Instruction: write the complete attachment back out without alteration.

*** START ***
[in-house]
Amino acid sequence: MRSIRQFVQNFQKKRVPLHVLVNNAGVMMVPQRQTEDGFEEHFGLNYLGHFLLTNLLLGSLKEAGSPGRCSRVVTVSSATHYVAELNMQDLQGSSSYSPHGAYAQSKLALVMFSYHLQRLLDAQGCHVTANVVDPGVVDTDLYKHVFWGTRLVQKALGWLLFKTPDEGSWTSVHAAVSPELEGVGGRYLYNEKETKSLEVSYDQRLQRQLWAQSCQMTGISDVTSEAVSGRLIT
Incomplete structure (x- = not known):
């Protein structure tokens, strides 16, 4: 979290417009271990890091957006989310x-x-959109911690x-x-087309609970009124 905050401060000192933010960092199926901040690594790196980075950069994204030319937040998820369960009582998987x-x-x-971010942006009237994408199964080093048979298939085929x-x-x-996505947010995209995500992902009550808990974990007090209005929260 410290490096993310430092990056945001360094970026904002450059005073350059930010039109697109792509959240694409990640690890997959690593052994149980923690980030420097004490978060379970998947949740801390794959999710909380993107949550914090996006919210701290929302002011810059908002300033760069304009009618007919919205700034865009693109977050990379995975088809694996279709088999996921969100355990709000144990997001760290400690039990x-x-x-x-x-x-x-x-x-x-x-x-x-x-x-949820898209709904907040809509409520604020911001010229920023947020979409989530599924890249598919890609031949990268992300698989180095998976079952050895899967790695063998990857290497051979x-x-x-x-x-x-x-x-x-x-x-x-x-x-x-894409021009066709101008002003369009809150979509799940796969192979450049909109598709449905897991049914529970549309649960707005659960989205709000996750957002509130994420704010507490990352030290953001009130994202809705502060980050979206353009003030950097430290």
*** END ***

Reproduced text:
[in-house]
Amino acid sequence: MRSIRQFVQNFQKKRVPLHVLVNNAGVMMVPQRQTEDGFEEHFGLNYLGHFLLTNLLLGSLKEAGSPGRCSRVVTVSSATHYVAELNMQDLQGSSSYSPHGAYAQSKLALVMFSYHLQRLLDAQGCHVTANVVDPGVVDTDLYKHVFWGTRLVQKALGWLLFKTPDEGSWTSVHAAVSPELEGVGGRYLYNEKETKSLEVSYDQRLQRQLWAQSCQMTGISDVTSEAVSGRLIT
Incomplete structure (x- = not known):
């Protein structure tokens, strides 16, 4: 979290417009271990890091957006989310x-x-959109911690x-x-087309609970009124 905050401060000192933010960092199926901040690594790196980075950069994204030319937040998820369960009582998987x-x-x-971010942006009237994408199964080093048979298939085929x-x-x-996505947010995209995500992902009550808990974990007090209005929260 410290490096993310430092990056945001360094970026904002450059005073350059930010039109697109792509959240694409990640690890997959690593052994149980923690980030420097004490978060379970998947949740801390794959999710909380993107949550914090996006919210701290929302002011810059908002300033760069304009009618007919919205700034865009693109977050990379995975088809694996279709088999996921969100355990709000144990997001760290400690039990x-x-x-x-x-x-x-x-x-x-x-x-x-x-x-949820898209709904907040809509409520604020911001010229920023947020979409989530599924890249598919890609031949990268992300698989180095998976079952050895899967790695063998990857290497051979x-x-x-x-x-x-x-x-x-x-x-x-x-x-x-894409021009066709101008002003369009809150979509799940796969192979450049909109598709449905897991049914529970549309649960707005659960989205709000996750957002509130994420704010507490990352030290953001009130994202809705502060980050979206353009003030950097430290």